Digital Database Coordinator Project Position
HERE Arts Center, located at 145 Spring Street at Dominick in New York City, has embarked on an archival project to organize and access archival holdings for the creation of a visual history of HERE, including work as Tiny Mythic and HOME for Contemporary Theater along with HERE’s many theater programs and the evolution of its location in SOHO. The theater archive of HERE encompasses a date range from the late 1980s to the present.
A graduate archival student with an interest in theater is needed to design, program, and configure a database system to work in conjunction with existing systems at HERE in order to capture digital assets for historical web presentations on the HERE Arts Center website. This is an excellent opportunity for the successful candidate to acquire hands-on digital asset management experience.
The Digital Database Coordinator will:
–Analyze the systems at HERE and recommend a system based on HERE’s cloud-based (Dropbox) storage platform
–Configure the system to meet HERE’s needs
–Instruct HERE’s staff on the maintenance and use of the system
–Work in consult with a Digital Curator of Theater Collections
Salary: $500 stipend available for successful candidate.
For more information:
Archive Project Coordinator
HERE builds a community that nurtures career artists as they create innovative hybrid live performance in theatre, dance, music, puppetry, media and visual art. Our artist residencies support the singular vision of the lead artist through commissions, long-term development, and production support. HERE’s programs and performances promote relationships among local, national, and international artists. Our space is a destination for audiences who are passionate about ground-breaking contemporary work and the creative process behind it.
Since 1993, HERE has been one of New York’s most prolific producing organizations, and today, it stands at the forefront of the city’s presenters of daring new hybrid art. HERE supports multidisciplinary work that does not fit into a conventional programming agenda. Our aesthetic represents the independent, the innovative, and the experimental: HERE has developed such acclaimed works as Eve Ensler’s The Vagina Monologues; Basil Twist’s Symphonie Fantastique; Basil Twist and Joey Arias’ Arias with a Twist; Hazelle Goodman’s On Edge; Young Jean Lee’s Songs of The Dragons Flying To Heaven; Trey Lyford & Geoff Sobelle’s all wear bowlers; Faye Driscoll’s837 Venice Boulevard; Taylor Mac’s The Lily’s Revenge and original musical and dance works created and directed by HERE Co-Founder and Artistic Director Kristin Marting.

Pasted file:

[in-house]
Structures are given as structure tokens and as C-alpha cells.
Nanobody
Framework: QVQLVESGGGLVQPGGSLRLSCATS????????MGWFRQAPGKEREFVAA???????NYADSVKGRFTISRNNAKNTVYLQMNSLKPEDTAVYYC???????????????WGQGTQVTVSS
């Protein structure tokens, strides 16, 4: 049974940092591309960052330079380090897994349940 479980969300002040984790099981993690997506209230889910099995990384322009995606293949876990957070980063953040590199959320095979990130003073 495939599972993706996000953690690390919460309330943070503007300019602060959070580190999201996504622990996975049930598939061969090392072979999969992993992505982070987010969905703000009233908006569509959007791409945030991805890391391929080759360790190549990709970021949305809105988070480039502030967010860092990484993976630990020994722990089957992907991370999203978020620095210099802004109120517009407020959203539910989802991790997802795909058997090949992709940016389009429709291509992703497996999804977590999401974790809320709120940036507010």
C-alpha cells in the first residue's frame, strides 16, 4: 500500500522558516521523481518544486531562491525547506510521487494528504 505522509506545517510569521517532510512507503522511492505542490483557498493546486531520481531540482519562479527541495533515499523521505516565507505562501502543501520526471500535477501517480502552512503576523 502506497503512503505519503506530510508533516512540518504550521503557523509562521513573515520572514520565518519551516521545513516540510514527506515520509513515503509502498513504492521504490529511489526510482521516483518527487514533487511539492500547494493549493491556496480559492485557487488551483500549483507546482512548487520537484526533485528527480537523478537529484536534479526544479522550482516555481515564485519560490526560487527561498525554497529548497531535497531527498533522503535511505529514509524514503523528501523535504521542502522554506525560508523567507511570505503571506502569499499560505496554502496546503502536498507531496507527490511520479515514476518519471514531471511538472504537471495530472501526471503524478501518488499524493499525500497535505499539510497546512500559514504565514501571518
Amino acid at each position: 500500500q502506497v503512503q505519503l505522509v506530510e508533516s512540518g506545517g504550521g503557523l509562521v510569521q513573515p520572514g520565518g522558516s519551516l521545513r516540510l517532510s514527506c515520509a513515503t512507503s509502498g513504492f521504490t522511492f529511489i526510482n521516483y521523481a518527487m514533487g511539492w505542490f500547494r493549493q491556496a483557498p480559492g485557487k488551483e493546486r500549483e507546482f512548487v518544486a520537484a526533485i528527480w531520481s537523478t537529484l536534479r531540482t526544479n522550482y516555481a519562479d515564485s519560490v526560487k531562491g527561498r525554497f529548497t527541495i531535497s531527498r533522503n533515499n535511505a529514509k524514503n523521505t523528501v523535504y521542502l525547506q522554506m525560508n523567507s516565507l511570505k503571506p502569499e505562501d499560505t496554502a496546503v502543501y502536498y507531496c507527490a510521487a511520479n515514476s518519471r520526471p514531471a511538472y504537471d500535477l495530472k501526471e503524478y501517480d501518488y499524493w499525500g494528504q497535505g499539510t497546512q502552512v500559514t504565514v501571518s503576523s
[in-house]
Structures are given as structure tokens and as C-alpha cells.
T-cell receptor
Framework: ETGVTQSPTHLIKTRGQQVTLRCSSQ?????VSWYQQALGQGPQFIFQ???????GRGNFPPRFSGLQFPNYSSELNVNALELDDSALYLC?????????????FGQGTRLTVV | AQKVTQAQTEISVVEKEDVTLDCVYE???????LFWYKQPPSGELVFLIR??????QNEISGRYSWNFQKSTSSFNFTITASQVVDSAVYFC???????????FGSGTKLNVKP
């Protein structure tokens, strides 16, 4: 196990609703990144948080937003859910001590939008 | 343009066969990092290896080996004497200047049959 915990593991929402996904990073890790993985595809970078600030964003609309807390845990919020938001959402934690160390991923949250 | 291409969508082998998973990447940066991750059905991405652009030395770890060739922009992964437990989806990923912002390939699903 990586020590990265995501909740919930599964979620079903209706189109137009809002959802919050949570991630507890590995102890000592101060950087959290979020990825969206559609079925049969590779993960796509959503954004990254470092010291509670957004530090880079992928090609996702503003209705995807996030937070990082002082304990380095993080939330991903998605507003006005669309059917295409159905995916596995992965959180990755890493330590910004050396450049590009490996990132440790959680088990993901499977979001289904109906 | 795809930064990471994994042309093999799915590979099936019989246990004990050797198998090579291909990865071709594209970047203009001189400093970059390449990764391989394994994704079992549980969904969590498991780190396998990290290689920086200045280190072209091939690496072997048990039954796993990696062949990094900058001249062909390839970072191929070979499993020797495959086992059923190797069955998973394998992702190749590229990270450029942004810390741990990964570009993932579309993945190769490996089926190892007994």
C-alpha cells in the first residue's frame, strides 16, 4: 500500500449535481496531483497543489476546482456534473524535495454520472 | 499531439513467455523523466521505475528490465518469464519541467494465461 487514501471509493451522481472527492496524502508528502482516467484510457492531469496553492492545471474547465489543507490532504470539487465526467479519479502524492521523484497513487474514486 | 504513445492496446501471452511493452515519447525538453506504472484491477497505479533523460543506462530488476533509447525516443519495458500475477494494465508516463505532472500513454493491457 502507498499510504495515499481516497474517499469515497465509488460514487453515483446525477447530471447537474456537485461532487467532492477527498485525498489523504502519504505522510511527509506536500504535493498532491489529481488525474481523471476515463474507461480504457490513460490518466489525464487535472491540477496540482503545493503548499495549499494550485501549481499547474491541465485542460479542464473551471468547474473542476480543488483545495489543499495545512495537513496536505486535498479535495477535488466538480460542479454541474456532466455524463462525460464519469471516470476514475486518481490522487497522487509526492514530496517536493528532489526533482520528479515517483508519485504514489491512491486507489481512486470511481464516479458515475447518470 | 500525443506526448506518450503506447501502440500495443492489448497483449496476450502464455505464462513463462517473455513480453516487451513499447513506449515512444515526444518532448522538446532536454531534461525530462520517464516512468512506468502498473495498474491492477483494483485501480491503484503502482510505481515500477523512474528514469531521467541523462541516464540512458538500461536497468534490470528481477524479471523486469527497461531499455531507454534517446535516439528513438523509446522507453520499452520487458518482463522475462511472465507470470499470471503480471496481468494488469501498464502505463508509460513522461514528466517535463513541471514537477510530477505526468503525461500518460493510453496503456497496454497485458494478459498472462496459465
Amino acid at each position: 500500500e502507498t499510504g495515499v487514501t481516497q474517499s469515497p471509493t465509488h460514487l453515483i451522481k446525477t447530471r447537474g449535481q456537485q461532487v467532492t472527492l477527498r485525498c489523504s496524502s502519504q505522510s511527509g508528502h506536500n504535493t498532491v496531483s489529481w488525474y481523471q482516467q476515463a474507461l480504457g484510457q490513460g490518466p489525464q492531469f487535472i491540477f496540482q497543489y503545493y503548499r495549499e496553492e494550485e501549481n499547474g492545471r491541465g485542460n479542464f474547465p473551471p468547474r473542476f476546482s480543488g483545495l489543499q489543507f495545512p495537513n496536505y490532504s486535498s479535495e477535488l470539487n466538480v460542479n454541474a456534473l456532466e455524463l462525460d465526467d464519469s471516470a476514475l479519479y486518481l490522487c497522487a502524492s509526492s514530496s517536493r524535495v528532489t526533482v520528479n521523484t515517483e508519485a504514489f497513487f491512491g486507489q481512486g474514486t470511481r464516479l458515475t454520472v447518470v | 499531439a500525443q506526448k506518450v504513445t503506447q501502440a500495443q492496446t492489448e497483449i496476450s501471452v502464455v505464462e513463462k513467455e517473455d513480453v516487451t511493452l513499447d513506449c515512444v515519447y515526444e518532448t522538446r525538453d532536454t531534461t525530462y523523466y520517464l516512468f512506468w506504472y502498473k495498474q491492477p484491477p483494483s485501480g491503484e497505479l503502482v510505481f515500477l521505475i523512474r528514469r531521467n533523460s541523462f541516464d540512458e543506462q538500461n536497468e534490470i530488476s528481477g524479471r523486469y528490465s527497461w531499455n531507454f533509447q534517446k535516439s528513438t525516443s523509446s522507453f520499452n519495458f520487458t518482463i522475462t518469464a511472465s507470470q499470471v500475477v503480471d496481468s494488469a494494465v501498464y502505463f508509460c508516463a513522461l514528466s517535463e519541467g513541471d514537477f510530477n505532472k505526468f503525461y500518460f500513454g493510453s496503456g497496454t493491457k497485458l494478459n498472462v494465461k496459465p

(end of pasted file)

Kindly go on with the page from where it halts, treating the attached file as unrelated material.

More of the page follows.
The New York Times has called HERE “one of the most unusual arts spaces in New York and possibly the model for the cutting-edge arts spaces of tomorrow.” Indeed, HERE has become successful at creating a new kind of arts enterprise—the collaborative multiarts center. In 20 years, we’ve supported over 12,000 artists and attracted over 950,000 arts patrons. We aim to integrate art into daily life and engage our community’s needs and interests on as many different levels as possible in order to ensure our regular presence in their lives.
HERE supports the work of artists at all stages in their careers through fully-produced works, commissions and subsidized performance and rehearsal space. In addition, HERE’s staff provides marketing, technical and administrative support. All work at HERE is curated based on the strength and uniqueness of the artist’s vision.
Over the last 20 years, HERE and the work presented HERE have garnered 16 OBIE awards, two OBIE grants for artistic achievement, a 2006 Edwin Booth Award (“for Outstanding Contribution to NY Theatre”) from the CUNY Graduate Center, five Drama Desk nominations, two Berrilla Kerr Awards, four NY Innovative Theatre Awards and a Pulitzer Prize nomination. We believe that our multidisciplinary approach is the way to engage the audiences of tomorrow, ensuring a healthy and productive future for the performing arts field at large.
HERE’s core annual audience consists of approximately 40,000 ethnically diverse, urban 20-40 something’s— an audience base that many in the field attempt to engage. We produce work that is affordable, challenging and alternative—offering our audiences the opportunity to feel that they are part of something new and fresh. Key elements of our performance programming are designed to allow the public to have as many access points to the development of original art as possible through work-in-progress showings, workshop productions, postshow artist talkbacks, informal discussions in our café and full productions.